The consensus is this: that Hollywood will never be the same, that a sea change is occurring in the wake of the sexual assault allegations that have been made against the industry’s assorted Harvey Weinsteins and Kevin Spaceys. And if you look at the headlines, it certainly seems as though justice is being realized—Weinstein has been stripped of just about every power position he has, and Netflix has terminated their relationship with House Of Cards star Spacey. And by all accounts, entertainment industry insiders have been feeling the pressure. At a glance, it seems safe to say that this cascade of allegations marks a watershed moment for Hollywood—an upheaval of the old system that may well lead to an exorcism of its most exploitative mores.
But for every Roy Price—the Amazon exec who recently quit over allegations of harassment—there lurks a Woody Allen to remind us that these victories remain incomplete. (A particularly on-the-nose example: Kate Winslet, who has been quick to denounce Weinstein, turns mum when she is asked about the accusations of molestation that have dogged Allen for nearly 25 years.) And on closer examination, even Weinstein’s disgrace may feel like something of a disappointment: after all, he managed to outrun the allegations against him for over two decades before being made to face any consequences. Until early October of this year, Hollywood’s best and brightest fêted the producer nonstop while reports of his bad behavior steadily trickled out in the form of blind items and comments on gossip blogs.
The predatory nature of the entertainment industry has never been a very well-kept secret. As far back as Hollywood can date itself, there have been reports of scandalous and even criminal misdeeds by its biggest stars: Errol Flynn was a statutory rapist; Alfred Hitchcock allegedly assaulted Tippi Hedren and then ruined her career. The entire time, women in Hollywood defended themselves the best way they knew how—through gossip. In a world overflowing with bad actors and bad actions, women turn to one another for information about which men are unsafe. From DIY punk scenes in small Midwestern towns to cosmopolitan industries spanning several continents, the rumor mill has saved lives by spreading information that often wasn’t publicly available. And Weinstein’s predatory blustering was about as much a matter of public record as a rumor could be.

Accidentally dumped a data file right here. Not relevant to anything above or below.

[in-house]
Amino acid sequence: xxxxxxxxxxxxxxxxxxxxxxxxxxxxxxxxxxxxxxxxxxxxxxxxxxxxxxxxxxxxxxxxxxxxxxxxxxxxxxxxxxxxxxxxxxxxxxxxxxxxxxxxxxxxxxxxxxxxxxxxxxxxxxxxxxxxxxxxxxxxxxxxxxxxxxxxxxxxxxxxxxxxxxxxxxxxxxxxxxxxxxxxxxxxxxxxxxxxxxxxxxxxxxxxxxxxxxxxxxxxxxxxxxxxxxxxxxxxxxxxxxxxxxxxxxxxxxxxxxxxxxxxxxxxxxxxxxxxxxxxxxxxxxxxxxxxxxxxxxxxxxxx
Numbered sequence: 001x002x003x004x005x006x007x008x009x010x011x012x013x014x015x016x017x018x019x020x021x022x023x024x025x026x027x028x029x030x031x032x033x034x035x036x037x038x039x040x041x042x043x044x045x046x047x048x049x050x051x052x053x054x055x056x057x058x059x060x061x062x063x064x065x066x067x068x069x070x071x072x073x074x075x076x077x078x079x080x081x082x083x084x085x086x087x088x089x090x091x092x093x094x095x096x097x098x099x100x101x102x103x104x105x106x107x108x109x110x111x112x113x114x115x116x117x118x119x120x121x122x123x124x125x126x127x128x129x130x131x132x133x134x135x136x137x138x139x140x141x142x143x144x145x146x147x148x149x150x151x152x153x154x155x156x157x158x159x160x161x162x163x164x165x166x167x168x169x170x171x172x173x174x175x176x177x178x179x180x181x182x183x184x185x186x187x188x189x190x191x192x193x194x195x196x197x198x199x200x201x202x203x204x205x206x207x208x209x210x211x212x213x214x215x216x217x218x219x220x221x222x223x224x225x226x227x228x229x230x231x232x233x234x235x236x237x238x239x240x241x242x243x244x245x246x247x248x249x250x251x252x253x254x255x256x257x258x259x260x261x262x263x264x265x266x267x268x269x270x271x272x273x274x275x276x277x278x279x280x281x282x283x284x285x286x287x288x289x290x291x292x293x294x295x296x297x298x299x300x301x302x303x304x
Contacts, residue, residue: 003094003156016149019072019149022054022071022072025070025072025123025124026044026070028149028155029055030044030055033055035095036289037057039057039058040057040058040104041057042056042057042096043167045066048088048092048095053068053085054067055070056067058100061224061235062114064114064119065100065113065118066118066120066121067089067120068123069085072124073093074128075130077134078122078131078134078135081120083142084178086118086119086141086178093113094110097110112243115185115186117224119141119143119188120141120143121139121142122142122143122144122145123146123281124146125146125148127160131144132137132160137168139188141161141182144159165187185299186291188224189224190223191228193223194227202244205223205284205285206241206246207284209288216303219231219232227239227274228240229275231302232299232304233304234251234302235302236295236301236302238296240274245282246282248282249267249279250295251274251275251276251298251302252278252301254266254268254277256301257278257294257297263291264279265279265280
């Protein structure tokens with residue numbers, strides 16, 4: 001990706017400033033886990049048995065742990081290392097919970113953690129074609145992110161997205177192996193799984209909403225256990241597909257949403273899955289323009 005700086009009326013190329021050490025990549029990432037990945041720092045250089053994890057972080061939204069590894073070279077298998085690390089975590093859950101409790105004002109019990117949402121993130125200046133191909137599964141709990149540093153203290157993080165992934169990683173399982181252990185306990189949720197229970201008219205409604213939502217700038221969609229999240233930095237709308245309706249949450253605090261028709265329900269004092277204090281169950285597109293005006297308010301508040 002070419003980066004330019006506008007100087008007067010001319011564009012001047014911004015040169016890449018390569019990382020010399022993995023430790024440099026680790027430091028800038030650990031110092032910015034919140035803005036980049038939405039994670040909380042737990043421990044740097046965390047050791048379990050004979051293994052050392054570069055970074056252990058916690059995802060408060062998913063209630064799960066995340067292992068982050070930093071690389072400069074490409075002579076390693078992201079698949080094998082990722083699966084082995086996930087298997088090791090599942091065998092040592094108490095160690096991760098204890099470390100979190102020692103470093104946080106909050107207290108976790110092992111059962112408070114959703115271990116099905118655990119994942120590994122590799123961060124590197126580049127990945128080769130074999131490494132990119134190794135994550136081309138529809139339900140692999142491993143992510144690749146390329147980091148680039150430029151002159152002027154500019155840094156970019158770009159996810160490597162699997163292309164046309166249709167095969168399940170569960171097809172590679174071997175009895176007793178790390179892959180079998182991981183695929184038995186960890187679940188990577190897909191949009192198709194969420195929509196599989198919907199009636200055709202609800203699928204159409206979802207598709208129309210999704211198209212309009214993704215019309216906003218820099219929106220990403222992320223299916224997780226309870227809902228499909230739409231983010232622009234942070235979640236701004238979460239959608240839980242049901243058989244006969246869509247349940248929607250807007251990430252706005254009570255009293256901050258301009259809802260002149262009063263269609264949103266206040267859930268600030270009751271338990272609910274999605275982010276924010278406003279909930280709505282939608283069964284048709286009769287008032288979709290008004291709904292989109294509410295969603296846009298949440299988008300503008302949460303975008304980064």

Which is exactly why the New York Times and New Yorker stories taking him down have had such a significant impact.
The Weinstein exposés were powerful because neither his apologists nor his would-be victims could deny that they were true. After decades spent relying on the whisper network of the Hollywood gossip industry to keep them safe, women across Los Angeles woke on October 5 to the news that the truths they could not voice for fear of reprisal were now part of the public record. Rather than dulling the impact of the revelations, the open-secret nature of Weinstein’s behavior has sharpened the knife: to protest against the reports would be to deny that the sky was blue—e.g., to look stupid, not just evil—and to do nothing in the face of such transgressions would be to admit to the world that Hollywood is not the liberal stronghold it purports to be.
Make no mistake: the industry hand-wringing feels fake because it is. For every power player claiming the news has blindsided them, there’s been another industry insider chomping at the bit to tell us just how widely-known many of these breaking stories already were. The continued promotion of other alleged abusers—like Casey Affleck, Woody Allen, or Bill Cosby—provides ample proof that the changes resulting from these reports are only being made in the interest of self-preservation. (Some scandals are still too close to call: news of Louis C.K.'s sexual misconduct broke on Thursday; while the premiere of his exceptionally creepy-sounding new movie has been canceled, whether or not he will face further consequences for his behavior remains to be seen.)
But for once, the interests of self-preservation and the interests of justice actually mostly align. And that is because denying the obvious—that Hollywood has a problem with assault and exploitation—is no longer the safe choice. A year into the presidency of a man who has been accused multiple times of rape, women have been reporting more, running for more, and raising more hell than ever before. In our current age of outspokenness, there is no longer any reason to trust that secrets will remain secrets—and there is suddenly a lot more to lose by covering up the abuses of your workplace. In order to protect its reputation as America’s bastion of liberalism, the entertainment industry will have to clear a much higher bar. And the entire industry, if not the country, stands to benefit from those raised standards—regardless of the motivations behind them.